Beyond the Finish Line

Even if your training went perfectly and you had the race of your life, after you cross the finish line, it can be very easy to fall into some common post-race traps, that can land you injured, burnt-out, or out of touch with all the fitness you worked so hard to gain.

Here are some steps that you can take after your big race that will help you leverage your fitness and preserve your joy of running for the long term.

See how the other half lives. in the week after the race, rest and run easy. But most importantly, spend time enjoying your non-running life. Read books. See movies. Take a vacation. Catch up on sleep. Spend time with your friends and loved ones. Go out on a weekend night and sleep through the pre-dawn hours that you’d normally spend logging a long run. If you don’t give yourself some down time when you have the opportunity, you might set yourself up for burnout halfway through the next training cycle. While it can be scary to let loose a little bit, think of it as giving yourself the mental and emotional nourishment you need to buckle down for the next race.

Learn your lesson. If the race and your training went well, you likely learned a lot along the way. If your race and training went terribly, you likely learned even more. Take some time to reflect on the preparations for the race, and what happened on the big day. Review your training log. What worked? What didn’t? If you had to do it all over, what would you change about the way that you trained and the way that you raced? Investing some time to consider these issues now will help you avoid repeating any mistakes, and help you build on your success going forward. And you will likely gain valuable insight about what your next challenge should be.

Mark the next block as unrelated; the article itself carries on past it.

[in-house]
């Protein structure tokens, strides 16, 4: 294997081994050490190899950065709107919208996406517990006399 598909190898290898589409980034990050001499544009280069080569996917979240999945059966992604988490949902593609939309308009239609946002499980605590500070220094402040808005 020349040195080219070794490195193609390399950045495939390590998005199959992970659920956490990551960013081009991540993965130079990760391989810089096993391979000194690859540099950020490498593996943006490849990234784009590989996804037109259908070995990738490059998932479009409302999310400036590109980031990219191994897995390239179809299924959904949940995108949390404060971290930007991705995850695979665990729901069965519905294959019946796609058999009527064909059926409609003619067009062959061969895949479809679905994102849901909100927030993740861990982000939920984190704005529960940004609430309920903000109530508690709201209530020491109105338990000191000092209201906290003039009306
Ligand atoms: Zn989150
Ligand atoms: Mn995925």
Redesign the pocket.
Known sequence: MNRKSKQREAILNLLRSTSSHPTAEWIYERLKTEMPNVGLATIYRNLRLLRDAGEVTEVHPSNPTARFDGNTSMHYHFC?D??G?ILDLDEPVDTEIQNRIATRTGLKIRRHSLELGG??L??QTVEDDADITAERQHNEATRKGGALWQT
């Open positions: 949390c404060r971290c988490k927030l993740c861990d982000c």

Go a different distance. Many people tend to sign up for the next race within 24 hours of crossing the finish line. If your race went well, you might want to see how much you could improve your time on a different course or under better weather conditions. If you had a race-day disaster, you might want to find a second-chance race ASAP. That can be fine. But it’s best to take at least two weeks of rest and easy running before racing again. And if you’re nursing injuries and strains, you’ll want to see a doctor, and take enough rest and time to feel healthy, before you race again. If you do have the urge to race again, you might consider racing a new or different distance. See how the fitness you developed for your goal event translates to a race of a different distance. Finish a marathon? Do a 5-K. Finish a 10-K? Try a half-marathon.The variety will help prevent burnout, and may help you figure out where to set your sights for your next running goal.

Be a beginner. The days and weeks right after a race are a great time to explore another sport. Use the fitness and confidence you gained during your race training to try a new activity that you can integrate as cross training into the build up to your next running race. This will give your muscles and your mind a break from the repetitive motion of running. Always wanted to try stand-up paddleboarding, rowing, cycling, or swimming? Sign yourself up for lessons as a reward for all the hard work you did training for your running race.

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